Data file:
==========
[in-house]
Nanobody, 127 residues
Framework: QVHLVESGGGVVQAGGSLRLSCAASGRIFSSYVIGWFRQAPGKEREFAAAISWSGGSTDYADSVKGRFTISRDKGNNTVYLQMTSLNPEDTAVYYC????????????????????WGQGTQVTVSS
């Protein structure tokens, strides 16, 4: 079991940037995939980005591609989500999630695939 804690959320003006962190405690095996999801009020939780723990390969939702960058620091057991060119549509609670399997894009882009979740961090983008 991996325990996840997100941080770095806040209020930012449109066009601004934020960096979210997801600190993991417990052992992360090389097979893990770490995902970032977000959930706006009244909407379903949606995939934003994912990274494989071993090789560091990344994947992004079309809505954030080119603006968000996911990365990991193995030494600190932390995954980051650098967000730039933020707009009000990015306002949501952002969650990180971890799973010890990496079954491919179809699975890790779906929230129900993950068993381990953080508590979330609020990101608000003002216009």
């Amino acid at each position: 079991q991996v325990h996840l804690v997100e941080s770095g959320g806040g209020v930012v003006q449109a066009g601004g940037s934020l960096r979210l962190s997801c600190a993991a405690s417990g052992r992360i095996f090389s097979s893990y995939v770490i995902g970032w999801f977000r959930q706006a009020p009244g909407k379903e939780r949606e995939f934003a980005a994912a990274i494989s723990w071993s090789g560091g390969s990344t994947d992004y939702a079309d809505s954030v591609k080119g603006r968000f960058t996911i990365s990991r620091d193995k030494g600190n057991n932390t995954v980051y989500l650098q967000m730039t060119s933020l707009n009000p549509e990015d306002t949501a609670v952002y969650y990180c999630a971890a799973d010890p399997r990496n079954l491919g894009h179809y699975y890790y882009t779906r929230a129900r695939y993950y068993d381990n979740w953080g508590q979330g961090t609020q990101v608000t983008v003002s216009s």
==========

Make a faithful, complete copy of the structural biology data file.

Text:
[in-house]
Nanobody, 127 residues
Framework: QVHLVESGGGVVQAGGSLRLSCAASGRIFSSYVIGWFRQAPGKEREFAAAISWSGGSTDYADSVKGRFTISRDKGNNTVYLQMTSLNPEDTAVYYC????????????????????WGQGTQVTVSS
């Protein structure tokens, strides 16, 4: 079991940037995939980005591609989500999630695939 804690959320003006962190405690095996999801009020939780723990390969939702960058620091057991060119549509609670399997894009882009979740961090983008 991996325990996840997100941080770095806040209020930012449109066009601004934020960096979210997801600190993991417990052992992360090389097979893990770490995902970032977000959930706006009244909407379903949606995939934003994912990274494989071993090789560091990344994947992004079309809505954030080119603006968000996911990365990991193995030494600190932390995954980051650098967000730039933020707009009000990015306002949501952002969650990180971890799973010890990496079954491919179809699975890790779906929230129900993950068993381990953080508590979330609020990101608000003002216009």
């Amino acid at each position: 079991q991996v325990h996840l804690v997100e941080s770095g959320g806040g209020v930012v003006q449109a066009g601004g940037s934020l960096r979210l962190s997801c600190a993991a405690s417990g052992r992360i095996f090389s097979s893990y995939v770490i995902g970032w999801f977000r959930q706006a009020p009244g909407k379903e939780r949606e995939f934003a980005a994912a990274i494989s723990w071993s090789g560091g390969s990344t994947d992004y939702a079309d809505s954030v591609k080119g603006r968000f960058t996911i990365s990991r620091d193995k030494g600190n057991n932390t995954v980051y989500l650098q967000m730039t060119s933020l707009n009000p549509e990015d306002t949501a609670v952002y969650y990180c999630a971890a799973d010890p399997r990496n079954l491919g894009h179809y699975y890790y882009t779906r929230a129900r695939y993950y068993d381990n979740w953080g508590q979330g961090t609020q990101v608000t983008v003002s216009s």